Talking to Michael Bisping about the “win one, lose one” pattern in his results prior to his fight with Thales Leites last week in Scotland, the longtime middleweight contender offered a thought that shows just how quickly perceptions of performances can change in this sport.
“If I win this fight, I’ve won four out of my last six, so when you put it like that it doesn’t sound that bad, (especially) when you consider the level of competition I’ve been facing,” “The Count,” who collected a split decision win over the durable Brazilian this past Saturday to put himself on a two-fight winning streak heading into his next bout, laughed.
Team Alpha Male’s Danny Castillo is in a comparable position heading into his UFC on FOX meeting with veteran Jim Miller on Saturday. While his record shows consecutive setbacks and losses in three of his last four outings, the simplicity of saying whether he won or lost doesn’t do justice to the complexity of what transpires inside the UFC cage.
If things break his way in a couple different fights, Castillo could have been on a nine-fight winning streak heading into his bout with Paul Felder at UFC 182. He dropped current contender Michael Johnson in the opening round of their fight before “The Menace” returned the favor and finished the bout a minute into the second stanza.
A different referee may have stopped his fight with Edson Barboza in December 2013 when Castillo had the Brazilian stumbling around the cage. Somehow two officials failed to award him 10-8 scores for his dominance leading to Barboza squeaking out a questionable majority decision win.
Against surging lightweight Tony Ferguson – who picked up a dominant win over veteran Josh Thomson last week to likely punch his ticket to the Top 10 – Castillo controlled the action on the canvas, but came away on the wrong side of a split decision.
“A record is a record; there is no asterisk,” Castillo offers, refusing to make excuses or try to rationalize his results. “I feel like I’m one of the best fighters in the world, but for whatever reason, I haven’t been able to put it all together.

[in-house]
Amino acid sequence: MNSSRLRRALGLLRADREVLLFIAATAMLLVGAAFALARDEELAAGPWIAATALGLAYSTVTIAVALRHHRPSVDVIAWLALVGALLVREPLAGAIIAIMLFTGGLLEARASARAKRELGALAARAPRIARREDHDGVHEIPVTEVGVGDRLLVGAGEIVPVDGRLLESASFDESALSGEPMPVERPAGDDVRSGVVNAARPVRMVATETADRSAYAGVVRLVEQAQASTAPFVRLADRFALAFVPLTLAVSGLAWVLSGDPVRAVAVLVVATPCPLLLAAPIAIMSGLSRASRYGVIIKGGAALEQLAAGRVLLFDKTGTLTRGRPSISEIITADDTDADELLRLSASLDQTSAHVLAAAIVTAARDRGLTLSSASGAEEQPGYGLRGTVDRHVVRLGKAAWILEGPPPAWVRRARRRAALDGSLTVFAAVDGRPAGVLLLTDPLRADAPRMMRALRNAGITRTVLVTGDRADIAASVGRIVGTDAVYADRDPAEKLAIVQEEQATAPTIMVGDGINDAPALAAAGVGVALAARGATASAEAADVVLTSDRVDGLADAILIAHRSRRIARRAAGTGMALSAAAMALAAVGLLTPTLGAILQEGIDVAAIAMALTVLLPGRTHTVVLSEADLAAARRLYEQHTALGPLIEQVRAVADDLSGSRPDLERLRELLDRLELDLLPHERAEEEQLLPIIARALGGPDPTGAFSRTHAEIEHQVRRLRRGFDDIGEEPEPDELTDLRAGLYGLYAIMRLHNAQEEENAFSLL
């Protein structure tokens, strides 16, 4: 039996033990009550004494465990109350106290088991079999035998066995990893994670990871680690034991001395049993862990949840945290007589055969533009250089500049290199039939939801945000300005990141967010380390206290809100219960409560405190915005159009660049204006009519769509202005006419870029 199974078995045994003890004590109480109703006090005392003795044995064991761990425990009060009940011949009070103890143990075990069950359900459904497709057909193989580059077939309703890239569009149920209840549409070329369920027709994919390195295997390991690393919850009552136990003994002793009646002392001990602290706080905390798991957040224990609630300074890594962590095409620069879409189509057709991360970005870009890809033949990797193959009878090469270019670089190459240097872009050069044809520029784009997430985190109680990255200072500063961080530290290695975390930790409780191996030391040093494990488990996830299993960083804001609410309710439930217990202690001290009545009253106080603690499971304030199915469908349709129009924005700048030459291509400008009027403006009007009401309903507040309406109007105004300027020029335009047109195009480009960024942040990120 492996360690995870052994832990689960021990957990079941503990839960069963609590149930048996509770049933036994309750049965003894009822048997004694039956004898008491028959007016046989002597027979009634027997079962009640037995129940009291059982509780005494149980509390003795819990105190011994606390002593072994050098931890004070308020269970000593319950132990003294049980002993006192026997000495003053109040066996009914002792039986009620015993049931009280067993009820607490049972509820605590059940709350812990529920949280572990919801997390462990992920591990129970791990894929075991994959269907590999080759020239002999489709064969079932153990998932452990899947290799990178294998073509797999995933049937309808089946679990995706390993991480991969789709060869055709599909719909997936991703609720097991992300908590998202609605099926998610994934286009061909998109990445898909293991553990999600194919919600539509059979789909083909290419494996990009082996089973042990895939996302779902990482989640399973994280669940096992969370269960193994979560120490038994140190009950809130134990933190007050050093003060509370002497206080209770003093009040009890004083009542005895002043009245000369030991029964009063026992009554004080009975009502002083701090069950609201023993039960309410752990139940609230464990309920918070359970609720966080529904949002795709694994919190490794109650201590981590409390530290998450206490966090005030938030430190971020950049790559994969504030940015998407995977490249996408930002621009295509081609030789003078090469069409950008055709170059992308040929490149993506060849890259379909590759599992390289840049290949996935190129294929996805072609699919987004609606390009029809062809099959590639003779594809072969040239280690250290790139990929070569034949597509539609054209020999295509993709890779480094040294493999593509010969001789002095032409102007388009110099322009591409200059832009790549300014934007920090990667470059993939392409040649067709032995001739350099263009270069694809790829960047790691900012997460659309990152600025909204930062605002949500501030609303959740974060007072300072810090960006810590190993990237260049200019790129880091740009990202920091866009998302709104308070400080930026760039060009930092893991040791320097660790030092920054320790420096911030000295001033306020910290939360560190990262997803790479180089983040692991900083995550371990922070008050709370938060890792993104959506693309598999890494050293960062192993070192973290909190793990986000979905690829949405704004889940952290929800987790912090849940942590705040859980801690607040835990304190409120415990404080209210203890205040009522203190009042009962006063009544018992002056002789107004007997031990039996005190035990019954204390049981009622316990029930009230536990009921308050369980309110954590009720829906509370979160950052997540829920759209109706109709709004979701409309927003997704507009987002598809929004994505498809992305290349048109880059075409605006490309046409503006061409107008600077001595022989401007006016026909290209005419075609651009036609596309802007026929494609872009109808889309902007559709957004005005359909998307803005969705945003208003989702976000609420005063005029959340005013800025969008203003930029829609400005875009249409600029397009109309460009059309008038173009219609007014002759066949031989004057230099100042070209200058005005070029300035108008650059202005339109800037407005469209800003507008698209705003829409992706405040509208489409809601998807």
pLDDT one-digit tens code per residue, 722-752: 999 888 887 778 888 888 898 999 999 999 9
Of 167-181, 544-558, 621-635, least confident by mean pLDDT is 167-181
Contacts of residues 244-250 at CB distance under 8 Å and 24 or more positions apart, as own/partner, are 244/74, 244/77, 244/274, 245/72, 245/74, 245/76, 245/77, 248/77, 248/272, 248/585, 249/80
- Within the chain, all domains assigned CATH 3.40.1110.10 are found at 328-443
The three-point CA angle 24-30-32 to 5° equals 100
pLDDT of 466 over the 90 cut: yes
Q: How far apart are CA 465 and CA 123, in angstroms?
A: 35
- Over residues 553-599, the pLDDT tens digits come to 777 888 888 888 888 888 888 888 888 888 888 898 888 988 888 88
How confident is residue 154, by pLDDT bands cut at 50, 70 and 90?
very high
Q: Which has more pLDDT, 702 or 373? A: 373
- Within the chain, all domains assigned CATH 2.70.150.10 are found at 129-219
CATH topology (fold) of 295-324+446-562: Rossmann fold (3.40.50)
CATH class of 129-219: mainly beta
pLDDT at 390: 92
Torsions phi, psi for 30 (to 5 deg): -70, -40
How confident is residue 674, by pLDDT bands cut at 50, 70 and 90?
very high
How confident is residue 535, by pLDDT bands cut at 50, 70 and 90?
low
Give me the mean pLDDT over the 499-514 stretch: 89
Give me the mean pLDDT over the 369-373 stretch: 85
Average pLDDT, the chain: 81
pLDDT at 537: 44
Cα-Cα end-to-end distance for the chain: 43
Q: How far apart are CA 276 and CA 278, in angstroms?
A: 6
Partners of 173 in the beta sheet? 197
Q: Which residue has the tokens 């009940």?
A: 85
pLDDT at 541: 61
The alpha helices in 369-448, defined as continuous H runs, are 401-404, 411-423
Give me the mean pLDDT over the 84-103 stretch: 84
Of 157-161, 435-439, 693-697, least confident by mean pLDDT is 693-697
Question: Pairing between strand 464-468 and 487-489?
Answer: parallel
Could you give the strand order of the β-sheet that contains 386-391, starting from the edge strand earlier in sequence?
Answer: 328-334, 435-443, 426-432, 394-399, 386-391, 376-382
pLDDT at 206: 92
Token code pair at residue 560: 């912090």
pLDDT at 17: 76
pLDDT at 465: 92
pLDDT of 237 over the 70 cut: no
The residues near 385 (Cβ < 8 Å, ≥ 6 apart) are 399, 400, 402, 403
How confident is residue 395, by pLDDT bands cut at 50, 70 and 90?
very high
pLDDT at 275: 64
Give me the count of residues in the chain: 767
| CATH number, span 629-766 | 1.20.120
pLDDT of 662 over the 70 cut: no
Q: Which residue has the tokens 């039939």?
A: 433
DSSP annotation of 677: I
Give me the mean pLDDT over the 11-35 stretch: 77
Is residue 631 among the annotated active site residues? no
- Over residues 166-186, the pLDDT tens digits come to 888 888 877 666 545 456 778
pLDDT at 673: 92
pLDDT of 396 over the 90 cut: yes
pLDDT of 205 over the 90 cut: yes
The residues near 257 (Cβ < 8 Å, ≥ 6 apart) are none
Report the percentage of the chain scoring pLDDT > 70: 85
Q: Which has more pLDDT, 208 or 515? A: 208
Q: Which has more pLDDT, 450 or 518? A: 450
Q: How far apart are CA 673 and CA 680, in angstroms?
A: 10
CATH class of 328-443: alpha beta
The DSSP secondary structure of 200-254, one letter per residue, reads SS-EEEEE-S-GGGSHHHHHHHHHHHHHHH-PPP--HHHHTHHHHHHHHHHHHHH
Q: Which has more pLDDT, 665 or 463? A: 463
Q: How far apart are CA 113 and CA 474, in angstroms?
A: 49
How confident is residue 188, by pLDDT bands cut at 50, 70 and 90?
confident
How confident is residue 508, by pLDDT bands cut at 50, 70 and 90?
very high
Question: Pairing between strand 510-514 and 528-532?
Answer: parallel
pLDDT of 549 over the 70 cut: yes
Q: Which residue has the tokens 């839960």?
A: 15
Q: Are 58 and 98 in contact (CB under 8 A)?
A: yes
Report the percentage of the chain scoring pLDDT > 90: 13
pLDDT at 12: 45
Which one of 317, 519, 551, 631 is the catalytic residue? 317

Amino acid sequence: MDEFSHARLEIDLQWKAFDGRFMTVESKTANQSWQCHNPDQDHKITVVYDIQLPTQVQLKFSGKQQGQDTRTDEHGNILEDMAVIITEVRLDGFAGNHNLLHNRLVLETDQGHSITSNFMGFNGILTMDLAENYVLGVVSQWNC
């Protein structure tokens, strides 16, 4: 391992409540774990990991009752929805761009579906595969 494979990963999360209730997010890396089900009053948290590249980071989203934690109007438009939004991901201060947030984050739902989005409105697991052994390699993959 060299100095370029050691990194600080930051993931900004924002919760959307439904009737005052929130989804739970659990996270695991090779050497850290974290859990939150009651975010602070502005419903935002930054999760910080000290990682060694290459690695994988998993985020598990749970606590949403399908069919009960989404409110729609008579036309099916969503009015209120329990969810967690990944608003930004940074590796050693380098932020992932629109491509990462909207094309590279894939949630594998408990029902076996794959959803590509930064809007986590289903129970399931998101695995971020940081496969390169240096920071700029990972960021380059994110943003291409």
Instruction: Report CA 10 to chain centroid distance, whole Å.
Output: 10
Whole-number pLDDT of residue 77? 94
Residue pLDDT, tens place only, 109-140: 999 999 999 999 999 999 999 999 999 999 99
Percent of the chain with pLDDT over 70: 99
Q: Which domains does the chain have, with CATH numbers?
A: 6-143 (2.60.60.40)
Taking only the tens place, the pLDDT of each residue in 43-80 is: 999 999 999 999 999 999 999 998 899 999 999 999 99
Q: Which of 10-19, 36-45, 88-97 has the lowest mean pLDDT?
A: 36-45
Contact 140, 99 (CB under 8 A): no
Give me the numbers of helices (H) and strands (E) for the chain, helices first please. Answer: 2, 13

“This last fight, I just got caught,” he says of his bout with Felder, which ended suddenly in the second round when the Philadelphia-based lightweight connected with a spinning backfist that ended Castillo’s night. “It was just one of those bad situations, but I know how that is because I’ve been caught before in the past and ran off a win streak.
“Right now, the matches that I’m getting are with the top guys in the world. I’ve already fought – unsuccessfully – (Donald) Cerrone, (Anthony) Pettis, Michael Johnson, (Edson) Barboza, Tony Ferguson; I fought those guys and had them hurt. If I have a really bright performance against Jim Miller, I’m back in it.
“Not to say that I’m back in the mix for making a run for a title, but my name will be relevant again.”
Having logged 20 fights under the Zuffa umbrella over the last seven years – eight in the WEC and 12 more inside the Octagon – Castillo has already endured the ebb and flow that comes with competing on the biggest stage in the sport.
He’s put together winning streaks after being finished and rebuilt lost momentum when a fight just didn’t go his way, all the while continuing to develop as a fighter and press forward, undeterred.
“I feel like I’m still adding tools to my game,” says Castillo, who made a pair of trips to Colorado to work with striking coach Duane “Bang” Ludwig in advance of Saturday’s bout – one when he was scheduled to fight Rustam Khabilov and another when Visa issues forced the UFC to replace the Dagestani grappler with Miller, a hard-nosed grinder who, like Castillo, has faced a who’s who in the UFC lightweight division.
“I haven’t been stagnant. I’m stronger than ever. My jiu-jitsu is the best it’s ever been. I continue to grow and that’s why I’ve been around so long. The record’s not the best, but I’m competing with these people and I feel like on any given day, I can beat them.
“It’s frustrating for me, but I can see the light at the end of the tunnel, which is a big win over Jim Miller,” he adds of his recent struggles. “I had a knockout of Charlie Brenneman – not the toughest guy in the UFC – but a highlight knockout that had everybody talking. That’s the nature of the sport and I know that because I’ve been in the big show for eight years.”
He also looks to the top of the welterweight division for an added reminder of how quickly fortunes can change inside the cage with a couple strong performances in big spots.
“You see it in some of the best fighters in the world – look at Robbie Lawler,” Castillo posits, pointing to the current welterweight champ who was largely written off following his uninspiring eight-fight tour of duty with Strikeforce. “For a while, no one was talking about him, really, but then he starts winning a couple fights, he’s having these big fights and he’s back in it. But for a while, he was on a losing streak.”
While he’s not predicting a sudden surge to the top of the lightweight division or positioning himself as “The Next Robbie Lawler,” Castillo knows that all it takes is one fight to shift momentum back in your favor and get you pointed in the right direction and that’s exactly what he hopes to achieve when he shares the cage with Miller on Saturday night.
“In this sport, your record is definitely something important, but at the level we’re at as professional fighters, I feel like I can beat any of those guys in the Top 10. I feel like I deserve to be up there, but unfortunately I’ve had some really bad outcomes in those fights. I just need to stay focused on my next opponent, get the finish and I’ll be right there again.”